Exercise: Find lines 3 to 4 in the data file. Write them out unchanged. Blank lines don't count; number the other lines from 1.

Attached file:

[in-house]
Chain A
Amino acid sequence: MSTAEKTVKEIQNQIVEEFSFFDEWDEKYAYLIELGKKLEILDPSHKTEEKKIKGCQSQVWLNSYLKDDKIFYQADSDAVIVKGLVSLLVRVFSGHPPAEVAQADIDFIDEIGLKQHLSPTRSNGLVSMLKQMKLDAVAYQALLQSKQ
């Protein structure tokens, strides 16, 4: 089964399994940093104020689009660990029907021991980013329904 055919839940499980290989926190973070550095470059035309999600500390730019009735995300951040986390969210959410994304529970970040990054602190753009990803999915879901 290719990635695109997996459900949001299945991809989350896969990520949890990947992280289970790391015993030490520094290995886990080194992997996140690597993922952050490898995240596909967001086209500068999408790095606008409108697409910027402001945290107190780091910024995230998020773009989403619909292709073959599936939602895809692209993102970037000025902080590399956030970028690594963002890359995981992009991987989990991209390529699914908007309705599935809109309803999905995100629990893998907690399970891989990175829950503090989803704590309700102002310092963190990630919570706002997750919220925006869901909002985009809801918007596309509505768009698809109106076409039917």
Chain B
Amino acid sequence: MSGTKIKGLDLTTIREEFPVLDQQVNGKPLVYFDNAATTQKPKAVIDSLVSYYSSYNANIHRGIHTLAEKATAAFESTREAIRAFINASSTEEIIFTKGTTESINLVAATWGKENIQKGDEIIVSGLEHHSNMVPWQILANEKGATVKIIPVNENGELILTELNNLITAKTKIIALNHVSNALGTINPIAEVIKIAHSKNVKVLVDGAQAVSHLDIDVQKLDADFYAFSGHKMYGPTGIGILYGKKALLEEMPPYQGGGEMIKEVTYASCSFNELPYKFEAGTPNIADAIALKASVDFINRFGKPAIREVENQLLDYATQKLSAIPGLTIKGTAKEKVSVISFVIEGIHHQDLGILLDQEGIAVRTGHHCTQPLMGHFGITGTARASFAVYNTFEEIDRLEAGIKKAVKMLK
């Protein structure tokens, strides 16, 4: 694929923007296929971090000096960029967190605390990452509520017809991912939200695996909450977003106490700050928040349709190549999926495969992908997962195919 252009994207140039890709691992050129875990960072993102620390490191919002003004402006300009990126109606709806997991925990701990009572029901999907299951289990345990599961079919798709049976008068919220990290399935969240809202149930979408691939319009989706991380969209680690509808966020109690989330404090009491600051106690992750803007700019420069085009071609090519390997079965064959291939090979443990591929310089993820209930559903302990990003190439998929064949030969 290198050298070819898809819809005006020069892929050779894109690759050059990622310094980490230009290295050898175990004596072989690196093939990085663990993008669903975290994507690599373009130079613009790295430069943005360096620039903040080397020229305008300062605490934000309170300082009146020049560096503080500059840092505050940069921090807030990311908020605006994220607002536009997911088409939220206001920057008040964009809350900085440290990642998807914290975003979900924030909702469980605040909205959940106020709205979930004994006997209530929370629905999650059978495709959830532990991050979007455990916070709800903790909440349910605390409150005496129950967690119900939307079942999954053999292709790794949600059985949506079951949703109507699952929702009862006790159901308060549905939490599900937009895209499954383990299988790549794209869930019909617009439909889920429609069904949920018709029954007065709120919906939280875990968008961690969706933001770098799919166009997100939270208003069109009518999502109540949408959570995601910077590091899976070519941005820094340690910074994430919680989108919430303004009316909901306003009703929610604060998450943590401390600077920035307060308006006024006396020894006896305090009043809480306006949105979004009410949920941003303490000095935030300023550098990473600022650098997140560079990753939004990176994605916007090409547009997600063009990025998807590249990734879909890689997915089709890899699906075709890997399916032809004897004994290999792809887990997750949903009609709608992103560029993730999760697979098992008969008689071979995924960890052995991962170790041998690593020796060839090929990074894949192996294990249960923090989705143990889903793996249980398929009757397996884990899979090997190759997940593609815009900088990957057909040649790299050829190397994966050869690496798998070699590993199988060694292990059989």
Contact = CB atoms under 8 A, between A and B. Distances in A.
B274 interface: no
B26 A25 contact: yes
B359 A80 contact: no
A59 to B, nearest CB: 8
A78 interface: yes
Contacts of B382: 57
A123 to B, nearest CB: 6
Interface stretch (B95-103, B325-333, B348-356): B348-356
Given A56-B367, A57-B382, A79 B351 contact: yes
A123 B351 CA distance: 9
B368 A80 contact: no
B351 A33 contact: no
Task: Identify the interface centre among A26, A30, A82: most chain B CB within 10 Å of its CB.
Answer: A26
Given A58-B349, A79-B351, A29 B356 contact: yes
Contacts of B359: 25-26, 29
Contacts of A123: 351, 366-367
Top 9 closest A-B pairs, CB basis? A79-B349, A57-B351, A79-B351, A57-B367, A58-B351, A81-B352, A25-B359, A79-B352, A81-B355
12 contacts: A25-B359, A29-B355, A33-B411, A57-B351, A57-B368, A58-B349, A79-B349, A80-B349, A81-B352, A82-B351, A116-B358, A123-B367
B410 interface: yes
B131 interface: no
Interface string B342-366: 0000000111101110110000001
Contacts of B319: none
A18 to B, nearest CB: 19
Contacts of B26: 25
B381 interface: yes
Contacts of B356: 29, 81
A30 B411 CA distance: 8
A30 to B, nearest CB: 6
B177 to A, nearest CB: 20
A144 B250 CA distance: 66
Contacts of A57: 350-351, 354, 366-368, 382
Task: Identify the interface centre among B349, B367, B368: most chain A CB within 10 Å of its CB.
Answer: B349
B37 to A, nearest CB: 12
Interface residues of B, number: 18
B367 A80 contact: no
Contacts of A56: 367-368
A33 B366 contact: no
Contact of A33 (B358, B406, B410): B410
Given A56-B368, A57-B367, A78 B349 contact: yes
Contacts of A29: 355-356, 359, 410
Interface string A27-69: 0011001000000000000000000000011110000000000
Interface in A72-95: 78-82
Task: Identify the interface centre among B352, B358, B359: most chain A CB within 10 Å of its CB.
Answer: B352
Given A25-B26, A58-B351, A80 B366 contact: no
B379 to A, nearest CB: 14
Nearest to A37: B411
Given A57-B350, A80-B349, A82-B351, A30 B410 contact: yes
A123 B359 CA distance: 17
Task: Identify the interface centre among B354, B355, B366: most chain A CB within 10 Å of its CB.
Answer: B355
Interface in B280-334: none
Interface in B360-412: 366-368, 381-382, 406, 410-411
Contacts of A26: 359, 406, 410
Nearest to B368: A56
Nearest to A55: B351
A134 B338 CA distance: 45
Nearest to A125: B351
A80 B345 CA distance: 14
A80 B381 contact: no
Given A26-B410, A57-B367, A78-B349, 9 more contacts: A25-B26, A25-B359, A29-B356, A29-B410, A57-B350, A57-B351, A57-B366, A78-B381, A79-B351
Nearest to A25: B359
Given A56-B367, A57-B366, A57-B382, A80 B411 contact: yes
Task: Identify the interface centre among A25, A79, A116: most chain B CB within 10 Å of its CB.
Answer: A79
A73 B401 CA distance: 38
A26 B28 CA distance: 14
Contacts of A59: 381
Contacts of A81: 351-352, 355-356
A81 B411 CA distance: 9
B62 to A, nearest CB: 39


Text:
Amino acid sequence: MSTAEKTVKEIQNQIVEEFSFFDEWDEKYAYLIELGKKLEILDPSHKTEEKKIKGCQSQVWLNSYLKDDKIFYQADSDAVIVKGLVSLLVRVFSGHPPAEVAQADIDFIDEIGLKQHLSPTRSNGLVSMLKQMKLDAVAYQALLQSKQ
């Protein structure tokens, strides 16, 4: 089964399994940093104020689009660990029907021991980013329904 055919839940499980290989926190973070550095470059035309999600500390730019009735995300951040986390969210959410994304529970970040990054602190753009990803999915879901 290719990635695109997996459900949001299945991809989350896969990520949890990947992280289970790391015993030490520094290995886990080194992997996140690597993922952050490898995240596909967001086209500068999408790095606008409108697409910027402001945290107190780091910024995230998020773009989403619909292709073959599936939602895809692209993102970037000025902080590399956030970028690594963002890359995981992009991987989990991209390529699914908007309705599935809109309803999905995100629990893998907690399970891989990175829950503090989803704590309700102002310092963190990630919570706002997750919220925006869901909002985009809801918007596309509505768009698809109106076409039917």